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June 23, 2024

Help save the Big Scrub rainforest with science

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Left Maurizio Rossetto (Botanic Gardens of Sydney) Right Mark Dunphy (Big Scrub Rainforest Conservancy). Photo supplied

There is only one per cent of the Big Scrub rainforest in Northern New South Wales remaining. This has left what were once mighty rainforests now critically endangered and facing the threat of extinction because of a serious lack of genetic diversity.

Aerial of McLeans Ridges Science Saving Rainforests Plantation Site. Photo supplied

Taking on this challenge to maintain and create greater genetic diversity, and hence a healthier future for the Big Scrub rainforests of Northern NSW, is a world-first Australian project, Science Saving Rainforests.

‘The idea is to repair the genetic diversity destroyed by land clearing, help save threatened species and grow a new generation of rainforest trees more resilient to threats like disease, pests and climate change, to reinvigorate the species found in the Big Scrub rainforest,’ said Mark Dunphy, co-founder and president Big Scrub Rainforest Conservancy when he spoke to The Echo.

‘We are using genetic testing to ensure we have the healthiest and strongest of a particular species, as well as ensuring that we have 95 per cent of the genetic material for that species, therefore allowing us to increase the health of the species.

‘The problem can be that sometimes there is only one of a particular tree species, within a remnant of Big Scrub rainforest. They can only reproduce themselves; the lack of genetic diversity leads to inbreeding which, as with any species, can lead to problems emerging. The idea is to bolster the genetic diversity and reinvigorate the species – good genetics within your stock ensures you have a healthy range of species.’

Mark Dunphy, President & Co-Founder, Big Scrub Rainforest Conservancy. Photo supplied

10,000 samples

Nearly 10,000 leaf samples from 60 species of rainforest trees have been collected between Southern NSW and Far North Queensland and their genetic make-up is being analysed using the very latest genome-based science. The outcome will be to find the most genetically diverse trees, collect cuttings from them to grow on and subsequently plant in a macadamia-style plantation.

Seed produced will be provided to commercial nurseries to grow resilient trees for future planting projects.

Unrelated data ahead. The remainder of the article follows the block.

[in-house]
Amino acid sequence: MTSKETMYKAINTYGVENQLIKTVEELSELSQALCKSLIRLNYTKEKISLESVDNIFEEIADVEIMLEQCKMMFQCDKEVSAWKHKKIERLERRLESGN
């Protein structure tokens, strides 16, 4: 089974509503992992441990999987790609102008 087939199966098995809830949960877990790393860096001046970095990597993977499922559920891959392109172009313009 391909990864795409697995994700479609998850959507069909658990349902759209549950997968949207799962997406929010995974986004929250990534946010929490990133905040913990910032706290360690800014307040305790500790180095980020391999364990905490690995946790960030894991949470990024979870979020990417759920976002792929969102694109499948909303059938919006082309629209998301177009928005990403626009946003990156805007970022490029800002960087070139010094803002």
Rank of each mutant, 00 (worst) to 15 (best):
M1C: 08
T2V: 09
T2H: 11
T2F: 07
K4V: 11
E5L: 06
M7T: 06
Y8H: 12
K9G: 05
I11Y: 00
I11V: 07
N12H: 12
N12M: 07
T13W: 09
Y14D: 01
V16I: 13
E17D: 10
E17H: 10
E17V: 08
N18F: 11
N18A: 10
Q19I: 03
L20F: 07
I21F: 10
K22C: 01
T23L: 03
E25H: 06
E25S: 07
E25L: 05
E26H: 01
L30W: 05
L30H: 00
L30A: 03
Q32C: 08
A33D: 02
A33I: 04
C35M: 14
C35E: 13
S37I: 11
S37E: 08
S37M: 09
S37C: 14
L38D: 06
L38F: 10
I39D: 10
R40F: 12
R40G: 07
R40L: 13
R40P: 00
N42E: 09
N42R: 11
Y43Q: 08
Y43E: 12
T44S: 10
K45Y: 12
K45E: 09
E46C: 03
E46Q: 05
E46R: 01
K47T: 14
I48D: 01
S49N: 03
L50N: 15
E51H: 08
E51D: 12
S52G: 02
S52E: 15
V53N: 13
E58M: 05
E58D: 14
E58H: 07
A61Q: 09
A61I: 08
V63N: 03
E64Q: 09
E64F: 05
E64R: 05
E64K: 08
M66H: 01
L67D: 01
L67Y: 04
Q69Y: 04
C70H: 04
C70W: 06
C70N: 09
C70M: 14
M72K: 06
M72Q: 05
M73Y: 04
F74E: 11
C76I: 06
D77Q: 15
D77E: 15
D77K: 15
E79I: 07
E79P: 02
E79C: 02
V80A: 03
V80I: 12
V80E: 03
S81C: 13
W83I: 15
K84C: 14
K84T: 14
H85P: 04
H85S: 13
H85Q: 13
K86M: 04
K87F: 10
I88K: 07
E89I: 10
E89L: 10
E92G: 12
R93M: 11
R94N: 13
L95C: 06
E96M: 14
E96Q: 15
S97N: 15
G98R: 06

The concept was the brainchild of Dr Tony Parkes (AO), co-founder and President Emeritus of Big Scrub Rainforest Conservancy, one of Australia’s leading not-for-profit community conservation organisations. The Conservancy have joined forces with the Botanic Gardens of Sydney, Firewheel Rainforest Nursery and one of Australia’s leading rainforest evolutionary and field ecologists, Dr Rob Kooyman.

McLeans Ridges Science Saving Rainforests Plantation Site. Photo supplied

Generous donation

A 38-acre plantation site at McLeans Ridge, near Alstonville, has been gifted to the Conservancy and will become the home for the Science Saving Rainforest Program.

‘I have spent the last 35 years of my life committed to saving the subtropical rainforests of Australia and the Science Saving Rainforests Program is the most important initiative I have ever been involved in. I firmly believe that our project is of global significance because the same issues we face here are the same issues facing the world’s rainforests and other degraded ecosystems,’ said Dr Tony Parkes.

The team has been collecting and analysing samples for the last two years and the project is a world first.

‘The Botanic Gardens do genetic testing of plants around the world but they don’t normally test a whole ecosystem. What we will be doing here is genetically testing a significant number of the local canopy of plants rather than looking at just one species,’ explained Mr Dunphy.

They have now started to collect cuttings and will be looking at getting plants into the ground in the next year to two years.

‘Everything we’ve collected has been GPSd. Every leaf collected went into an envelope and was mapped so we could identify the genetics of the species from across the range. Some species, like the Endiandra Floydii (Crystal Creek Walnut) take ten years to fruit, while others, like the Davidson Plums, will be fruiting in a few years.’

They will look at planting around 20 to 30 trees from a species that will cover around 95 per cent of the genetic diversity in the species. Then when the trees interbreed at the plantation site they will produce offspring with greater genetic diversity that can cope more effectively with future risks like climate change, pests and disease.

Dr Tony Parkes AO Co-Founder and President Emeritus, Big Scrub Rainforest Conservancy. Photo supplied

Can you help?

‘We now have an urgent need to raise funds to prepare the site for this vitally important plantation,’ said Dr Parkes.

Mr Dunphy agreed, saying that this work is essential to build strength within the regional rainforest species and preserve the genetic diversity that will be needed to face future challenges.

To find out more and support the project go to the Big Scrub Rainforest Conservancy website.

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  1. These guys presented at the Rainforest Connections Conference last week – clever sciency ideas and on ground practice that was inspirational. If only, our governments would listen and learn like we did at this amazing Conference. A big thank you to locals, Mark and Tony for their ground breaking work. Very exciting.


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